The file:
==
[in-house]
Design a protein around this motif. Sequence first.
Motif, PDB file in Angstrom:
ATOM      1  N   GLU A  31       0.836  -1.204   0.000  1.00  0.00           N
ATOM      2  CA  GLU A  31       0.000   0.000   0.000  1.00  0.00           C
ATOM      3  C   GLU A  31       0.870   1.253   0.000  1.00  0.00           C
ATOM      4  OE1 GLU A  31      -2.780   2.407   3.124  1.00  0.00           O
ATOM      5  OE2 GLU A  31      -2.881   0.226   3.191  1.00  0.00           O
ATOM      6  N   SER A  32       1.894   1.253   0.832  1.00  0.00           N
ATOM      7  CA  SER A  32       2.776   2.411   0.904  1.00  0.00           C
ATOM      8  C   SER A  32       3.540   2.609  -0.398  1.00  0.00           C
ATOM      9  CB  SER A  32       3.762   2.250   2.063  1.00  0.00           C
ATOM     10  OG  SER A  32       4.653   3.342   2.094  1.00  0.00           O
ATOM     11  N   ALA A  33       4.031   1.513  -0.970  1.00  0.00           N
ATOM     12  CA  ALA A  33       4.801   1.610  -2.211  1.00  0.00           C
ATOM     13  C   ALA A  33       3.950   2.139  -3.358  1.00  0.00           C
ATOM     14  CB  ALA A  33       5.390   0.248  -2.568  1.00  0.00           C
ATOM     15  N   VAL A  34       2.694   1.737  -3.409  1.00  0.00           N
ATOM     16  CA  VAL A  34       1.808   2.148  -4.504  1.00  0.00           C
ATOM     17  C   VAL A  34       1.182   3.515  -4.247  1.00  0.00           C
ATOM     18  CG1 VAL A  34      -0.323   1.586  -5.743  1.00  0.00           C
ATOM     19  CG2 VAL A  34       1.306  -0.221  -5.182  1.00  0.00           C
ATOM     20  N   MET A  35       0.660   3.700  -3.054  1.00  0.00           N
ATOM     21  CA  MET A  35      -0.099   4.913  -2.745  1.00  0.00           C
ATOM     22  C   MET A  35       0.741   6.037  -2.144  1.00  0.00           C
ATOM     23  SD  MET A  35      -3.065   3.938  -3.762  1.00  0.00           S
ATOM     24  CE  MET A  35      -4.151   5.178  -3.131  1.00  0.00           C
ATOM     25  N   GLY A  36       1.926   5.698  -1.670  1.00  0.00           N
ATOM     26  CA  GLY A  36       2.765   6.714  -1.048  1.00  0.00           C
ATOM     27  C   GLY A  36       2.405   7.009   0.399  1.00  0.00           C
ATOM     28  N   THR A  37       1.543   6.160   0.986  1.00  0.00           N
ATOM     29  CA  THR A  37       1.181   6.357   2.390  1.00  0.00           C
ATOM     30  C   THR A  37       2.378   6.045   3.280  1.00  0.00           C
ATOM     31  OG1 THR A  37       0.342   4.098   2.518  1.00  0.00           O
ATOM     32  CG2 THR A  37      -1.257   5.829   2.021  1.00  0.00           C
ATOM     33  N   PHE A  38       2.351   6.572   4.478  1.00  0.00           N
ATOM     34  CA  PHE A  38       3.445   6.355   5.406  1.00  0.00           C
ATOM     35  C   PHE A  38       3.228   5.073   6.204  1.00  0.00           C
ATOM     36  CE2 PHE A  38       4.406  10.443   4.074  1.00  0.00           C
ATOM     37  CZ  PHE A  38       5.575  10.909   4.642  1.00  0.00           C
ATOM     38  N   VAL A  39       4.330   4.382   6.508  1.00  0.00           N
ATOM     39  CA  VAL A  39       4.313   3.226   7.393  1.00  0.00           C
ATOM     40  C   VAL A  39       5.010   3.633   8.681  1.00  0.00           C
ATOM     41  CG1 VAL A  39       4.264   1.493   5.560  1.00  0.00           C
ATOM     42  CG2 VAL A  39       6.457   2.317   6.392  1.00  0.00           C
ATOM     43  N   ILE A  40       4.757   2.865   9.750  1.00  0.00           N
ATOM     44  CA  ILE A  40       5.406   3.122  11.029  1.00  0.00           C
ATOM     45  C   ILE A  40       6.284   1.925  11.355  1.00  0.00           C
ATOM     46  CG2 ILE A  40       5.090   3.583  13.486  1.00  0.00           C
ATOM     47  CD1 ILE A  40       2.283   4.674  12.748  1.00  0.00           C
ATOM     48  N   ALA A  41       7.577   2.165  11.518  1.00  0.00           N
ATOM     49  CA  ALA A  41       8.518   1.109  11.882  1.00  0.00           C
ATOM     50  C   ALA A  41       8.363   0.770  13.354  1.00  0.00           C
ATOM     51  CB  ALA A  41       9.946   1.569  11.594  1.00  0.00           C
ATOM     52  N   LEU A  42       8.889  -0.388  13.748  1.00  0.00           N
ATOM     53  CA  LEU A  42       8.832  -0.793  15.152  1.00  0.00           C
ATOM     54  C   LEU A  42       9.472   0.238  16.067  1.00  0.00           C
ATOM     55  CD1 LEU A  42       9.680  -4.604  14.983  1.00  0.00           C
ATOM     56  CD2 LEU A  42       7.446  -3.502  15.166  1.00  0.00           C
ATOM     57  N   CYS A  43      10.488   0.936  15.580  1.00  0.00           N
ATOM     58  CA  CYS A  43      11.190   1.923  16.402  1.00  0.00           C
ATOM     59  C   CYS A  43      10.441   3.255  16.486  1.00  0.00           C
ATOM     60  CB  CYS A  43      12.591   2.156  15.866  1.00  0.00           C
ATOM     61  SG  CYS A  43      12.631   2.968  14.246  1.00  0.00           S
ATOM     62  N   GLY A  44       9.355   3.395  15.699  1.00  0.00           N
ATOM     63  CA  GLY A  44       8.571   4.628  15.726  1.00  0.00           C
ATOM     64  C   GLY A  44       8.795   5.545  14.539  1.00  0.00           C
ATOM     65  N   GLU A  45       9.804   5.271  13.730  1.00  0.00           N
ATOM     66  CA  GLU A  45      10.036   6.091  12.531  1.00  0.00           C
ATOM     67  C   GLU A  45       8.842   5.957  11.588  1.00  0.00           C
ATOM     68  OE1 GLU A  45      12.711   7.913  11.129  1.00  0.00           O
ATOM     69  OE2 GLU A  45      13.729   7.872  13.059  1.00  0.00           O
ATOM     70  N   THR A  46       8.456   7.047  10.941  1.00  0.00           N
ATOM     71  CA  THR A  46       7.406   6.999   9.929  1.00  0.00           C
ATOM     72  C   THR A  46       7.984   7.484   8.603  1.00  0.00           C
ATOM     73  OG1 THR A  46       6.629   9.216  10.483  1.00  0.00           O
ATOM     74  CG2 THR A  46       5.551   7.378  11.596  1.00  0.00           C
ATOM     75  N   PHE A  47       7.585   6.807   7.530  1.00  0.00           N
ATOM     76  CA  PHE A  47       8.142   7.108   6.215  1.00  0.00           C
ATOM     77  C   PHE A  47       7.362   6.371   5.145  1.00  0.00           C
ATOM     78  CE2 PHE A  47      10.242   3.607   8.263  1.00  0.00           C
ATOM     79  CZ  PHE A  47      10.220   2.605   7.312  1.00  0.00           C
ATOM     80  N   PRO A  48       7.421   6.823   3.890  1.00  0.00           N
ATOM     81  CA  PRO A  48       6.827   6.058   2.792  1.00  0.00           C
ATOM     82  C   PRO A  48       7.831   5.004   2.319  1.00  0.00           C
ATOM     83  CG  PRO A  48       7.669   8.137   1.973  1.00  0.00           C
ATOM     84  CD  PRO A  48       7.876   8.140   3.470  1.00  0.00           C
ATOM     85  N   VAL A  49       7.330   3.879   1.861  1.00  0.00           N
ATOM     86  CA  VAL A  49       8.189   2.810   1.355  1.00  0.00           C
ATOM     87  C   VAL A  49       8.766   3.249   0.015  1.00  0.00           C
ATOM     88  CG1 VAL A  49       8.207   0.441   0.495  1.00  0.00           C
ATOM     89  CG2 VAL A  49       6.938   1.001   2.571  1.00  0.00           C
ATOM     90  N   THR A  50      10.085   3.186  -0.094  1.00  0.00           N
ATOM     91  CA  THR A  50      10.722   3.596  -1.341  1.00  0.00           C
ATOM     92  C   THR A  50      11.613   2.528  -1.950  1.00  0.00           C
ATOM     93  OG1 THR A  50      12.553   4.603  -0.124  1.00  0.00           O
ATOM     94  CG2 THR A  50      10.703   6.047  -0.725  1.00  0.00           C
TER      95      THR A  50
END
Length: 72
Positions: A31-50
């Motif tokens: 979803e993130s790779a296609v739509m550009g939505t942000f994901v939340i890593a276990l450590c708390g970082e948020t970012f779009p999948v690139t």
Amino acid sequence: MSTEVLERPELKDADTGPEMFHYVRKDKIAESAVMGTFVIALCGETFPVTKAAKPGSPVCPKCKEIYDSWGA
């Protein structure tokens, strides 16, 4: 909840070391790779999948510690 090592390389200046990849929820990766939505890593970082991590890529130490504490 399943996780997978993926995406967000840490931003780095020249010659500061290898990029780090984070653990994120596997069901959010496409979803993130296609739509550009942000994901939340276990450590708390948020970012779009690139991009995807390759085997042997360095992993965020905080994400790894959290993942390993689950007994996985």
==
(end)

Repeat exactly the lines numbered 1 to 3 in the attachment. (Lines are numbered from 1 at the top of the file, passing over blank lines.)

[in-house]
Design a protein around this motif. Sequence first.
Motif, PDB file in Angstrom: